The Subcommittee on Financial Institutions and Consumer Credit heard Wednesday from witnesses in a hearing on how to improve transparency and accountability at the Consumer Financial Protection Bureau.
The CFPB has been criticized for its lack of transparency and its lack of clarity in regulations and guidance. The CFPB has argued that it is not subject to the Federal Advisory Committee Act, a sunshine law passed in 1972.
However, days before the hearing, the CFPB relented and said it will open its advisory committees to the public now after resisting such efforts.
Witnesses included Andrew Pincus, a partner with Mayer Brown; Hester Peirce, senior research fellow at the Mercatus Center at George Mason University; Ed Mierzwinski, consumer program director for the U.S. Public Interest Research Group, and Rob Chapman, president of the American Land Title Association.
Aside from the usual jockeying, grandstanding and prepared speeches disguised as question from committee members on both sides, the committee discussed a number of bills that would change how the CFPB does business.
The bills include:
- H.R. 3389, the CFPB Slush Fund Elimination Act of 2013, which would eliminate the Bureau’s Civil Penalty Fund and requires the CFPB to remit fines it collects to the U.S. Treasury, and another that would create a separate, independent inspector general for the CFPB. The CFPB currently shares an inspector general with the Federal Reserve System.
- The committee also considered H.R. 4262, the Bureau Advisory Commission Transparency Act that the FACA applies to the CFPB.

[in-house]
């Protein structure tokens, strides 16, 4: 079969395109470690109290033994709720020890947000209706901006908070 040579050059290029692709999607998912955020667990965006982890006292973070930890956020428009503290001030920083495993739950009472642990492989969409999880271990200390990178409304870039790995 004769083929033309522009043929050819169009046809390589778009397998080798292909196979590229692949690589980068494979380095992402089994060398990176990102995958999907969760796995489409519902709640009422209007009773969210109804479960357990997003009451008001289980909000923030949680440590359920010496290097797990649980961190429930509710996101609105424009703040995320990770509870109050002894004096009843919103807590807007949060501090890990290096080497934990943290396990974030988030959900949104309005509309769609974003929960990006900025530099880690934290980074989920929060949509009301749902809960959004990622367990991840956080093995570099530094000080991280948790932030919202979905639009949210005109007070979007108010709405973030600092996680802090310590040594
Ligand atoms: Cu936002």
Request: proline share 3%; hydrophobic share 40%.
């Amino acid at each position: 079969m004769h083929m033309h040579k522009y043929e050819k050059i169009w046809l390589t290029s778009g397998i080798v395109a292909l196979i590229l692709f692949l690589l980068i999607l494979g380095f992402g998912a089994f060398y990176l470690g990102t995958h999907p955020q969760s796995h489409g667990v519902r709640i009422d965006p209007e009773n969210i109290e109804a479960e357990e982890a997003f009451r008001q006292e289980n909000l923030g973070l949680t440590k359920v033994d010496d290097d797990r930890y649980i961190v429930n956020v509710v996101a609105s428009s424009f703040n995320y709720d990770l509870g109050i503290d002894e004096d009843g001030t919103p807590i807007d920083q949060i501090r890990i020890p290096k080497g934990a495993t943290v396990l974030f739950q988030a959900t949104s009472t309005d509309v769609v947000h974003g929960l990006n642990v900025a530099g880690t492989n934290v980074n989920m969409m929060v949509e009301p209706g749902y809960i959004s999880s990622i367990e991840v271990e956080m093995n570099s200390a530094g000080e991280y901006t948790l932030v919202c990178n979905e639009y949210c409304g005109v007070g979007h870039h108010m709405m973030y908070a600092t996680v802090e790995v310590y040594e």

- Bills would also create a small business advisory board for the CFPB, and another that would require that the CFPB research papers be made available to the public along with all studies, data, and analyses on which the paper was based.
- In a nod to privacy concerns that have become so widespread since the government’s warrantless, electronic snooping on Americans was brought to light last year, there was also a bill that would require the CFPB to create an opt-out list for consumers who do not want the CFPB to collect personally identifiable information about them and to delete or destroy information about a particular consumer within a specified period of time following collection.
- A discussion draft of the Bureau Arbitration Fairness Act would repeal the CFPB’s authority to prohibit, condition, or limit the use of arbitration provisions in contracts for consumer financial products or services.
- There was also a discussion draft of the Bureau Guidance Transparency Act that would require that the CFPB, in issuing any guidance, provide a public notice and comment period before issuing the guidance in final form, and must make public any studies, data, and other analysis it relied on in preparing and issuing its guidance.
- Another draft bill would require the CFPB to go through a formal rulemaking with public notice and comment in order to publish a final rule that gives clear guidance on the CFPB’s definition of an “abusive” act or practice; would enact a moratorium on any enforcement action using the CFPB’s “abusive” authority until the final rule is published; and would repeal the CPFB’s authority to prohibit “abusive” acts or practices if it fails to conform to specified rulemaking timelines.
- Finally, there was a discussion draft of the Bureau Examination Fairness Act would prohibit the CFPB from including enforcement attorneys in examinations, regulate CFPB data requests during the course of examination, place time limitations on the completion of examination field work and the issuance of exam reports and supervisory letters, and prohibit concurrent limited-scope exams at the same institution.
Democrats on the subcommittee said opening the CFPB to more scrutiny and oversight would be burdensome, and said they would resist any Republican efforts to do so. They say the efforts are designed to defang the CFPB.
U.S. Rep. Carolyn Maloney, D-N.Y.
“Take all these together and it’s like death by a thousand cuts for the CFPB,” said U.S. Rep. Carolyn Maloney, D-N.Y.
Republicans said the CFPB needs to operate more like the SEC or FCC, and that the bureau’s actions and judgments are too arbitrary. They say the CFPB operates without proper oversight or limit on its authority.
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